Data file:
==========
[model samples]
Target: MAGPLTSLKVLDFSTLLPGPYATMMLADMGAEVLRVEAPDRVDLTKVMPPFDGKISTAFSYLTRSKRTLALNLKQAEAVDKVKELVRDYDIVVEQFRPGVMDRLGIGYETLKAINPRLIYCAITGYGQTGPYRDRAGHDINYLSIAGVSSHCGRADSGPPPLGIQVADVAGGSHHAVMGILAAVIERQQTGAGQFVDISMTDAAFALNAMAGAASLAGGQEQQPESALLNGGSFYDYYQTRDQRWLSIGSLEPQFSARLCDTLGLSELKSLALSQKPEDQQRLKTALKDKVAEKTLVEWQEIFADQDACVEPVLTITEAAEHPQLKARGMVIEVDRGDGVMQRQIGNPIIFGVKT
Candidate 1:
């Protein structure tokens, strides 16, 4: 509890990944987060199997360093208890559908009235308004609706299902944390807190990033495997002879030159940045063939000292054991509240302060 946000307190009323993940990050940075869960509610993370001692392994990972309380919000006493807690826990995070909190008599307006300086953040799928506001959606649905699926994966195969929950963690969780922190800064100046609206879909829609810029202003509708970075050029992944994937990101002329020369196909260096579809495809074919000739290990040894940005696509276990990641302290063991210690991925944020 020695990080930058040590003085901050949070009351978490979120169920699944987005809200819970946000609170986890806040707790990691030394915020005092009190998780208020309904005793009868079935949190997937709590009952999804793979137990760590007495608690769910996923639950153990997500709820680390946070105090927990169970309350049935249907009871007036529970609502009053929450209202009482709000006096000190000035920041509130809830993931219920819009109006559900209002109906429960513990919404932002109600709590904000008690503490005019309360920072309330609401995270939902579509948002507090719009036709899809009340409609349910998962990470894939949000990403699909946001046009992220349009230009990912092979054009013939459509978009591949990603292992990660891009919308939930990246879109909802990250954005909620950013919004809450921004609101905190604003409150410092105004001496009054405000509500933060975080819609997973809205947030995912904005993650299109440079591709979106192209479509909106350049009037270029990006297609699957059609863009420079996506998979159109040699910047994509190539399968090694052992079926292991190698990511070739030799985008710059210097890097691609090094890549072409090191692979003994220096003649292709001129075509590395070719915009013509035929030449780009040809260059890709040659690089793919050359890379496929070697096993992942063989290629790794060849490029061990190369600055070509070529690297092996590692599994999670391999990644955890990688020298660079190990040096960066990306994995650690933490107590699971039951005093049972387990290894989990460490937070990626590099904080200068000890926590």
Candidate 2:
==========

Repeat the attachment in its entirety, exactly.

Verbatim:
[model samples]
Target: MAGPLTSLKVLDFSTLLPGPYATMMLADMGAEVLRVEAPDRVDLTKVMPPFDGKISTAFSYLTRSKRTLALNLKQAEAVDKVKELVRDYDIVVEQFRPGVMDRLGIGYETLKAINPRLIYCAITGYGQTGPYRDRAGHDINYLSIAGVSSHCGRADSGPPPLGIQVADVAGGSHHAVMGILAAVIERQQTGAGQFVDISMTDAAFALNAMAGAASLAGGQEQQPESALLNGGSFYDYYQTRDQRWLSIGSLEPQFSARLCDTLGLSELKSLALSQKPEDQQRLKTALKDKVAEKTLVEWQEIFADQDACVEPVLTITEAAEHPQLKARGMVIEVDRGDGVMQRQIGNPIIFGVKT
Candidate 1:
């Protein structure tokens, strides 16, 4: 509890990944987060199997360093208890559908009235308004609706299902944390807190990033495997002879030159940045063939000292054991509240302060 946000307190009323993940990050940075869960509610993370001692392994990972309380919000006493807690826990995070909190008599307006300086953040799928506001959606649905699926994966195969929950963690969780922190800064100046609206879909829609810029202003509708970075050029992944994937990101002329020369196909260096579809495809074919000739290990040894940005696509276990990641302290063991210690991925944020 020695990080930058040590003085901050949070009351978490979120169920699944987005809200819970946000609170986890806040707790990691030394915020005092009190998780208020309904005793009868079935949190997937709590009952999804793979137990760590007495608690769910996923639950153990997500709820680390946070105090927990169970309350049935249907009871007036529970609502009053929450209202009482709000006096000190000035920041509130809830993931219920819009109006559900209002109906429960513990919404932002109600709590904000008690503490005019309360920072309330609401995270939902579509948002507090719009036709899809009340409609349910998962990470894939949000990403699909946001046009992220349009230009990912092979054009013939459509978009591949990603292992990660891009919308939930990246879109909802990250954005909620950013919004809450921004609101905190604003409150410092105004001496009054405000509500933060975080819609997973809205947030995912904005993650299109440079591709979106192209479509909106350049009037270029990006297609699957059609863009420079996506998979159109040699910047994509190539399968090694052992079926292991190698990511070739030799985008710059210097890097691609090094890549072409090191692979003994220096003649292709001129075509590395070719915009013509035929030449780009040809260059890709040659690089793919050359890379496929070697096993992942063989290629790794060849490029061990190369600055070509070529690297092996590692599994999670391999990644955890990688020298660079190990040096960066990306994995650690933490107590699971039951005093049972387990290894989990460490937070990626590099904080200068000890926590």
Candidate 2: